Home Tech Updates Finance has a new foundation to improve internal customer service

Finance has a new foundation to improve internal customer service

by Helen J. Wolf
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As the new fiscal year approaches, finance functions across Australia are gearing up for the next phase of their digital transformation: building on foundations that have served them well in recent years but are now truly focused on sharpening, simplifying, and streamlining the way they do business. To work.

In a recent survey, 75% of finance professionals identified process improvement as their principal focus by 2022, making it the top priority for finance functions.

Many professionals don’t just ‘consider’ technological solutions – such as process automation or AI – to address this; about a third are already experimenting or in pilot mode, and others are even further along. Actual implementations are currently concentrated in process automation rather than in more emerging areas like AI, although we expect this to balance out this year and beyond.

In support of this, research from Gartner shows that finance professionals are “focused on digital initiatives that will lay a critical foundation for an autonomous future.”

In such a future, financial operations would be powered by technologies such as automation and AI that reduce “the need for human intervention” to run financial processes, the analyst firm said.

Finance has a new foundation to improve internal customer service

Unstructured processes (still) break the finances.

Finance probably already has good core applications or systems that allow them to work seamlessly and as intended.

It is only when other enterprise service teams and back office functions need to contact the finance team that problems usually arise.

In many smaller and medium-sized organizations, the finance function coordinates requests for help through a shared mailbox accessible to one or more employees who read and respond to or triage all emails received.

Finance may process emails about expense reports submitted by an individual employee, request a copy of a standard form to register a new supplier in the financial system for billing purposes, or request assistance from sales to resolve an issue that occurred on a customer’s account.

There is a constant flow of this type of communication and request between finance and other corporate services teams such as sales, human resources, facilities, and other internal functions.

The inbox fills up quickly. As a result, finance staff can pick up repetitive requests — PDF forms attached to emails — leaving them less time to focus on more value-added activities or respond to more difficult requests.

In addition, it is unlikely that the person or people checking a shared email inbox are best placed to respond to all messages. They may need to forward a request to another team, such as creditors, to ask questions or find a solution.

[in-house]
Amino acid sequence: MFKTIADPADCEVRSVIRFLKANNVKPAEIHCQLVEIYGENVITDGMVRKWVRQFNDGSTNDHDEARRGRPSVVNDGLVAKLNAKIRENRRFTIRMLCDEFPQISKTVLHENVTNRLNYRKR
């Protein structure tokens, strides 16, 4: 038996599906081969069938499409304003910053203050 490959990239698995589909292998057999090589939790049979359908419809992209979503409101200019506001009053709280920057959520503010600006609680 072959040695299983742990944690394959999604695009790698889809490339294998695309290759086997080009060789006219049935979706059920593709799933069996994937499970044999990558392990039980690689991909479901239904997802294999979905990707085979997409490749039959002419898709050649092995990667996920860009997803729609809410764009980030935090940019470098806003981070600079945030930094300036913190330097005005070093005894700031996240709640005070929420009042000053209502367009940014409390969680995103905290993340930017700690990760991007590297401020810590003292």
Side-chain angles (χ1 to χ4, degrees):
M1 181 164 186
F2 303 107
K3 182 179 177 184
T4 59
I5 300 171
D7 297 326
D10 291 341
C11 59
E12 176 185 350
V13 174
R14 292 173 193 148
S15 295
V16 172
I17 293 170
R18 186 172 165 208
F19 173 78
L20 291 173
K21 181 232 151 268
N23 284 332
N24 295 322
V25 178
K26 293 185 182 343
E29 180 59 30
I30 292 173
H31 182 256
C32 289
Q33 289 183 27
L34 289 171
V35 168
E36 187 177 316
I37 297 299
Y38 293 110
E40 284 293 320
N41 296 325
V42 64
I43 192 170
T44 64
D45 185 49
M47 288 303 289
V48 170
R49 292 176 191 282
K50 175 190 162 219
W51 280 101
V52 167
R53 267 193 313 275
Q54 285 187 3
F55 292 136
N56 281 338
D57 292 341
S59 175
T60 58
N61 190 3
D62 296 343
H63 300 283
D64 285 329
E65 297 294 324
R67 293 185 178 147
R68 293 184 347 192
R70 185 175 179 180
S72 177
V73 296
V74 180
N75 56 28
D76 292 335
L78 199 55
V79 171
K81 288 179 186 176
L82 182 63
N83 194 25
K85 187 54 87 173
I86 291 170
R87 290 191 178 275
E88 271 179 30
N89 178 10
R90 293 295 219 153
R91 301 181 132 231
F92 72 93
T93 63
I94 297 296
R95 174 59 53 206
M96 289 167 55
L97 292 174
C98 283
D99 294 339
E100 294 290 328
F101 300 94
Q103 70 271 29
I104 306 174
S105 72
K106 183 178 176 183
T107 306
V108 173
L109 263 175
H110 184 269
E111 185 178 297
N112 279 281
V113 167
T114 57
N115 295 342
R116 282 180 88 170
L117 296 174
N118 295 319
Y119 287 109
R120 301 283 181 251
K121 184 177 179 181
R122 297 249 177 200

At that point, the communication process becomes unstructured. There is no way to track the progress of their request and report back to the person who requested the information. And unless the people guarding the inbox stay on top of this manual tracking, requests will easily slip through the cracks — until the original requester chases it.

It’s easy to see how running funding requests through a shared inbox without much structure can lead to a process breakdown.

The star of automation is rising.

Many finance functions want a more effective channel between teams to communicate requests better and get faster responses.

Such channels can use more structured approaches, such as enterprise service management (ESM), which uses automation and artificial intelligence to enable requesting functions to self-serve their easiest questions and track how more difficult questions are resolved.

Low complexity, highly repetitive requests, such as for a standard new vendor onboarding form, can be recognized and ‘read’ by the AI. The AI ​​can then automatically respond with a link to download the form or have the form attached to an email.

Where a request needs to be assigned to someone else, an ESM tool can track who the request was sent to or who it was with.

Financial officers must also associate service levels with requests in this part of the system. A reminder will be sent automatically if a forwarded request is unanswered for 24 hours. Likewise, the person who originally submitted the appeal should be able to see where it is, and it’s status at any time without tracking it down.

It should also be added that what is good for finance is good for other ‘back-office business functions. The best practice model would be to have all internal operations run the same ESM portal to log assistance requests and manage the flow of communication to and from other parts of the organization and themselves. Such a model promises to break down internal silos, allowing departments to work better together and boosting productivity and efficiency.

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